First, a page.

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Hoping to get motor tomorrow.

I've all but given up on finding a complete salvage vehicle. Too much money for what little value I perceive in having a complete car. Also, all the risk falls to me on making sure the motor/trans are functional. If I buy a complete pullout, I'll at least get some type of warranty (at least that'll run in the next 90 days).

So I found a complete pullout from a 2014 Camaro with 9K miles. Has an auto trans like I want, and still has the ECU/Harness intact. Yard is about 2.5 Hours away from me and want's $1800.00 for everything including the gas pedal.

I'm heading down tomorrow morning to look it over, and if all good, I'll have them pull it out (it's still in the car!). I was hoping to be able to start it, but I'm told they've already sold the front end/lamps/cooling, and pulled the interior, so they don't think there is enough of the car left to actually start it.

I am assured that it fired up and ran good when they first got the vehicle, and will give 90 day warranty (I'm hoping to get them to extend the warranty period since it may be more than 90 days before I'm in a position to even start it).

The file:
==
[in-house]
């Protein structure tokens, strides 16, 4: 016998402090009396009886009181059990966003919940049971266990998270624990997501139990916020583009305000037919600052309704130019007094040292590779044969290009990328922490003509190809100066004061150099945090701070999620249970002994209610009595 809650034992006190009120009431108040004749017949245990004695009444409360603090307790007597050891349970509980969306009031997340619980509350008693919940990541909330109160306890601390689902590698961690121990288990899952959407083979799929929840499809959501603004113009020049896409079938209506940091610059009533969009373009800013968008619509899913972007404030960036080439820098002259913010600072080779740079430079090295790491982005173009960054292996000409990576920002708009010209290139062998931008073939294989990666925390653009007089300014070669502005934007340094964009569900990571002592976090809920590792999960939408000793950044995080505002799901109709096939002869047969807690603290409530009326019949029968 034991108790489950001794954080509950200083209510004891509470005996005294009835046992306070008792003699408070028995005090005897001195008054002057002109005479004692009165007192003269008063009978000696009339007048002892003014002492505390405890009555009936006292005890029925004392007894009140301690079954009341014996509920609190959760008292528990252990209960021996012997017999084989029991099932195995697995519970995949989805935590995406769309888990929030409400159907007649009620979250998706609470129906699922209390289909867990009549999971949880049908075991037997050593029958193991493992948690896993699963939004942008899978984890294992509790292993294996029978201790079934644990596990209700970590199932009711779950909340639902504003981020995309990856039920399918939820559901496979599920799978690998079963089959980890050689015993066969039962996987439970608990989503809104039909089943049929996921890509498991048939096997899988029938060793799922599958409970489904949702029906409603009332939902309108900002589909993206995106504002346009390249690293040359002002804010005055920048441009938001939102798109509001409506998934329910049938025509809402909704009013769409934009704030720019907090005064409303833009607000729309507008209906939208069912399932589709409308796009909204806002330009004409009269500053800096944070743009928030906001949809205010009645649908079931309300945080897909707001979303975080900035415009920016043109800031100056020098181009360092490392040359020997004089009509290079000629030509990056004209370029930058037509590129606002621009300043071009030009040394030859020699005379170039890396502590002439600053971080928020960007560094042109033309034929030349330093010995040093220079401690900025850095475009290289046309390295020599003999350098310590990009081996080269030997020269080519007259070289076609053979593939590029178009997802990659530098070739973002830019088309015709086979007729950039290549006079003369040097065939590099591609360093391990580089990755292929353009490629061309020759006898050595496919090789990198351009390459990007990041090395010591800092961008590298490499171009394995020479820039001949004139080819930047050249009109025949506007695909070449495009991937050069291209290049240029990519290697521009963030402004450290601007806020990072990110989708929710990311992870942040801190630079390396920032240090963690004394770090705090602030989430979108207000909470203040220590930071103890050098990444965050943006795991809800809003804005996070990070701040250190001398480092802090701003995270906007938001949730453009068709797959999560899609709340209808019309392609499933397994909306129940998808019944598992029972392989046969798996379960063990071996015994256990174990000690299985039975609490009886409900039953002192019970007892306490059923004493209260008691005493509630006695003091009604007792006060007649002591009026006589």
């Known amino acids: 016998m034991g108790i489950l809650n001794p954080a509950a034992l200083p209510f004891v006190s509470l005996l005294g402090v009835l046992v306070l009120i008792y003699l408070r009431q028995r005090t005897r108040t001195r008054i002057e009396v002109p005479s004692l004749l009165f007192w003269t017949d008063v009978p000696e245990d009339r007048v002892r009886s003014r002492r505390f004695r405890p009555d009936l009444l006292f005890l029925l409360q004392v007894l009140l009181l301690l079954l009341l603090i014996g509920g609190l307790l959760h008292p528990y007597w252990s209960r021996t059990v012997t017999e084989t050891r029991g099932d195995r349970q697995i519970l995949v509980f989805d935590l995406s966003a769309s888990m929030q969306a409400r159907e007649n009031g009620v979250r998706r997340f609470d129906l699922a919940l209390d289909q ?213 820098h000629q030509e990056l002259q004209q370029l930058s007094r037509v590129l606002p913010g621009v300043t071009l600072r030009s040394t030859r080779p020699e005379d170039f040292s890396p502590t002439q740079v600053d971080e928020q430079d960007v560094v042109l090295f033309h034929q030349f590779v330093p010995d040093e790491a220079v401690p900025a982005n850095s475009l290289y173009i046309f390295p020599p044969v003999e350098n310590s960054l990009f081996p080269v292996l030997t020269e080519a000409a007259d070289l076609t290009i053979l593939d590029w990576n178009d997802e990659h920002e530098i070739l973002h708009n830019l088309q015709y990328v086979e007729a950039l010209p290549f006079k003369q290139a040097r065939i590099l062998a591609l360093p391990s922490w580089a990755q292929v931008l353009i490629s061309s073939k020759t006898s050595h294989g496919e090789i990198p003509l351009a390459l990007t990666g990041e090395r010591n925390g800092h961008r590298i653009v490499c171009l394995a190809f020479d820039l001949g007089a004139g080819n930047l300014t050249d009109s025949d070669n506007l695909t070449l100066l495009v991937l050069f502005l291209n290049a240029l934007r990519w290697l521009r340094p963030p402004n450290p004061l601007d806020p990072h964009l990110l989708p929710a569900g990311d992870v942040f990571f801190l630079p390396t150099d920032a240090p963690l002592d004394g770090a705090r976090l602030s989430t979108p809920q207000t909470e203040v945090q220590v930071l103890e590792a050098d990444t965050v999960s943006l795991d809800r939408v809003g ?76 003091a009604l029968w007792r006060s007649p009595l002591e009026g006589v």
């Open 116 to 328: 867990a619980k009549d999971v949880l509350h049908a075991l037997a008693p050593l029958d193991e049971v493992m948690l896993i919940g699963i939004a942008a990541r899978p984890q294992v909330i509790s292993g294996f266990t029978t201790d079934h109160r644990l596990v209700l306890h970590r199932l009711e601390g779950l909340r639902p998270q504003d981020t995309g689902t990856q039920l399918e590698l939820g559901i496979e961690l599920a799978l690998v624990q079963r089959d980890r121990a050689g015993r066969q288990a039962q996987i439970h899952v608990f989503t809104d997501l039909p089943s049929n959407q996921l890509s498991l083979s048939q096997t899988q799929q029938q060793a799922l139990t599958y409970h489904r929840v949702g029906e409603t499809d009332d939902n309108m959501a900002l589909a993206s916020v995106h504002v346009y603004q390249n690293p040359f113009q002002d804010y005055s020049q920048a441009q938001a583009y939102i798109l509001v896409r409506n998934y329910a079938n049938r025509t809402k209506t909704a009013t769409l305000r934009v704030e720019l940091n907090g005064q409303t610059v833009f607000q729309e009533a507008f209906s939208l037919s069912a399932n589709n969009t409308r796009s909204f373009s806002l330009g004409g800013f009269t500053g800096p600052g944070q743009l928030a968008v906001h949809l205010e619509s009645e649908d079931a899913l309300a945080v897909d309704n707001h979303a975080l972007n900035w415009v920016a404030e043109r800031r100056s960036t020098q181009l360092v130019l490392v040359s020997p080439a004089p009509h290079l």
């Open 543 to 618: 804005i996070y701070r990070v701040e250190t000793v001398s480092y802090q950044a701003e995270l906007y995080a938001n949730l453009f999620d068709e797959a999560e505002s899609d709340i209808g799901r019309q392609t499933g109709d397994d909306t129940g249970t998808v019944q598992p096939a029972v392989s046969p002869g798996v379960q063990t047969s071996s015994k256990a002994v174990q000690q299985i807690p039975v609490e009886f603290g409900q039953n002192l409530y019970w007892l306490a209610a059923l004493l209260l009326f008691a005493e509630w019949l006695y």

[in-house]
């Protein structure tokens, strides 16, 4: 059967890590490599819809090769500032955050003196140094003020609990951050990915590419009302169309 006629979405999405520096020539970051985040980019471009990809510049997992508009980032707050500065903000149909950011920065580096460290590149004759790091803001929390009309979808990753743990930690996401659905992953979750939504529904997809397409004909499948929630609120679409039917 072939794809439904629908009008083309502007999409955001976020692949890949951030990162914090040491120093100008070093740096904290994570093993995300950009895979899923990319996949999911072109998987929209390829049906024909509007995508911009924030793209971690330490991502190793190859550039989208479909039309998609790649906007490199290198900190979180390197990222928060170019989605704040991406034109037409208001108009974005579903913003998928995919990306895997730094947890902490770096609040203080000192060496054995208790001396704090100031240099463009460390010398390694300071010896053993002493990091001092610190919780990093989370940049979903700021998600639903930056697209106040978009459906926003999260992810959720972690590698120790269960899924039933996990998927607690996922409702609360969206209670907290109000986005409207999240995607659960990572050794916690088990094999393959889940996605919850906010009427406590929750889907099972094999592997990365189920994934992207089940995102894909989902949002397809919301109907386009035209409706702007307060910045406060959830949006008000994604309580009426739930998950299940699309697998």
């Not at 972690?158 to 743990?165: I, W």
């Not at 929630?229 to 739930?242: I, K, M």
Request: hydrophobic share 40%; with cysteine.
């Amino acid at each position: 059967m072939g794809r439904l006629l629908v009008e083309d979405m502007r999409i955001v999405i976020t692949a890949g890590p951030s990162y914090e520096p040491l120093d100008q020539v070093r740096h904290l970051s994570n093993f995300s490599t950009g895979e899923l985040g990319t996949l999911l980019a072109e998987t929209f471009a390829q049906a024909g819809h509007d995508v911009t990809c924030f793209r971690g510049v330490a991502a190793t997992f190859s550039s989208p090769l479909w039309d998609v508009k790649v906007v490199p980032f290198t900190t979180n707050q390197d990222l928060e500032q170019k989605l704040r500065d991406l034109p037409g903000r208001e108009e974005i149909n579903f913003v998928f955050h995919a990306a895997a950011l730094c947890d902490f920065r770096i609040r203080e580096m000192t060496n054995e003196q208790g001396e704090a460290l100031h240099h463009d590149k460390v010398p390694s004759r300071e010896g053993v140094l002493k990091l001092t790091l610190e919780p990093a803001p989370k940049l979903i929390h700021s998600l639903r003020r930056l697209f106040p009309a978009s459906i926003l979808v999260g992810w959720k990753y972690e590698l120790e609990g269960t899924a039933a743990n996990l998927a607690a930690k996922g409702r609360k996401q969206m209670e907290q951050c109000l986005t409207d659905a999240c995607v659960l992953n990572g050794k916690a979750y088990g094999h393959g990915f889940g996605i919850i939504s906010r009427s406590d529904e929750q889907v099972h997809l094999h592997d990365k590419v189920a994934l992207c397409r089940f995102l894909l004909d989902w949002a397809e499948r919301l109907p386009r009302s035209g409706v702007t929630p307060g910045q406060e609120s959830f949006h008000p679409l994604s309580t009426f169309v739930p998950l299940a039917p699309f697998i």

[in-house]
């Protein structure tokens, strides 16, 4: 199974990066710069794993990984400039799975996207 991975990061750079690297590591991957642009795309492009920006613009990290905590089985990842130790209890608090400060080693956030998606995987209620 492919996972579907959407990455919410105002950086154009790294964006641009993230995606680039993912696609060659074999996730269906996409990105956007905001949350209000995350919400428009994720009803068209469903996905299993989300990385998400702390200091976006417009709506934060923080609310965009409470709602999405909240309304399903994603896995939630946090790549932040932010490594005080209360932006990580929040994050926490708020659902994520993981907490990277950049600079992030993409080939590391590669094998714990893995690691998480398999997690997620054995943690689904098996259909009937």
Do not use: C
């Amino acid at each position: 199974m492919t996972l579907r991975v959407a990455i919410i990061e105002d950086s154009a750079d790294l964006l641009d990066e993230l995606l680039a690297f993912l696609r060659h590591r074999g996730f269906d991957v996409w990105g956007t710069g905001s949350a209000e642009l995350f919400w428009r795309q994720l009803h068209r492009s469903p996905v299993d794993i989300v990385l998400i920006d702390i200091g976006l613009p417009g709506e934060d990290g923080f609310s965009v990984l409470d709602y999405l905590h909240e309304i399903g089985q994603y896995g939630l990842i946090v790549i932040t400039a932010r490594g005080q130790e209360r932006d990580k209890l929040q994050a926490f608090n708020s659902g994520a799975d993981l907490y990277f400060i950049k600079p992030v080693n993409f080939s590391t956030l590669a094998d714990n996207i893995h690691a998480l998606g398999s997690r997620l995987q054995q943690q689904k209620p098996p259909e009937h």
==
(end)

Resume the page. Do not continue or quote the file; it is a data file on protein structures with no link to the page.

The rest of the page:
I'm going to take a few basic hand tools with me, but outside of looking for collision damage at motor mounts, bell housing, etc., are there any words of wisdom from the members as to what to look for?

-Mike
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Old 08-16-2017, 03:59 PM   #14  
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So I just now came across this thread, looks like you're doing a pretty impressive job so far....I'd expect no less from a 10AE owner.
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Old 08-18-2017, 06:16 AM   #15